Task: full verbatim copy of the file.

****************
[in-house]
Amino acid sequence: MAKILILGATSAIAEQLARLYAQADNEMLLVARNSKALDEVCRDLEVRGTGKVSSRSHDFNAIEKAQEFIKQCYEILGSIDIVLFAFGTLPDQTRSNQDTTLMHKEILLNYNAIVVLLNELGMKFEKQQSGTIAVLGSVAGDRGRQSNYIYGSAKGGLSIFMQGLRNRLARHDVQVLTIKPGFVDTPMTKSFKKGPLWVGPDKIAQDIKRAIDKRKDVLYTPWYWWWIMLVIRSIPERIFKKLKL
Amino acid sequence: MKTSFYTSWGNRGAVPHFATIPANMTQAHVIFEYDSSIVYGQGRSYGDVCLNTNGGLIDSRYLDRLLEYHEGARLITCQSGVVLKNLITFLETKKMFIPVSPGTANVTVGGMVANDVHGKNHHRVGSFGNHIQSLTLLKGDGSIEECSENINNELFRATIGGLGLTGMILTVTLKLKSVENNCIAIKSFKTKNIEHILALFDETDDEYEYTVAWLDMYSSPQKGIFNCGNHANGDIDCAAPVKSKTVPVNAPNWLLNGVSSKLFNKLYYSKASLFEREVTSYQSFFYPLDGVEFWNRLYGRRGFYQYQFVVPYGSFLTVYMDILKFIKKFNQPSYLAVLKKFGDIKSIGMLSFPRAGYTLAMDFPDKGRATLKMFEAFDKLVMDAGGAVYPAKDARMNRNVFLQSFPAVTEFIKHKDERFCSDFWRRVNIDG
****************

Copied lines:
[in-house]
Amino acid sequence: MAKILILGATSAIAEQLARLYAQADNEMLLVARNSKALDEVCRDLEVRGTGKVSSRSHDFNAIEKAQEFIKQCYEILGSIDIVLFAFGTLPDQTRSNQDTTLMHKEILLNYNAIVVLLNELGMKFEKQQSGTIAVLGSVAGDRGRQSNYIYGSAKGGLSIFMQGLRNRLARHDVQVLTIKPGFVDTPMTKSFKKGPLWVGPDKIAQDIKRAIDKRKDVLYTPWYWWWIMLVIRSIPERIFKKLKL
Amino acid sequence: MKTSFYTSWGNRGAVPHFATIPANMTQAHVIFEYDSSIVYGQGRSYGDVCLNTNGGLIDSRYLDRLLEYHEGARLITCQSGVVLKNLITFLETKKMFIPVSPGTANVTVGGMVANDVHGKNHHRVGSFGNHIQSLTLLKGDGSIEECSENINNELFRATIGGLGLTGMILTVTLKLKSVENNCIAIKSFKTKNIEHILALFDETDDEYEYTVAWLDMYSSPQKGIFNCGNHANGDIDCAAPVKSKTVPVNAPNWLLNGVSSKLFNKLYYSKASLFEREVTSYQSFFYPLDGVEFWNRLYGRRGFYQYQFVVPYGSFLTVYMDILKFIKKFNQPSYLAVLKKFGDIKSIGMLSFPRAGYTLAMDFPDKGRATLKMFEAFDKLVMDAGGAVYPAKDARMNRNVFLQSFPAVTEFIKHKDERFCSDFWRRVNIDG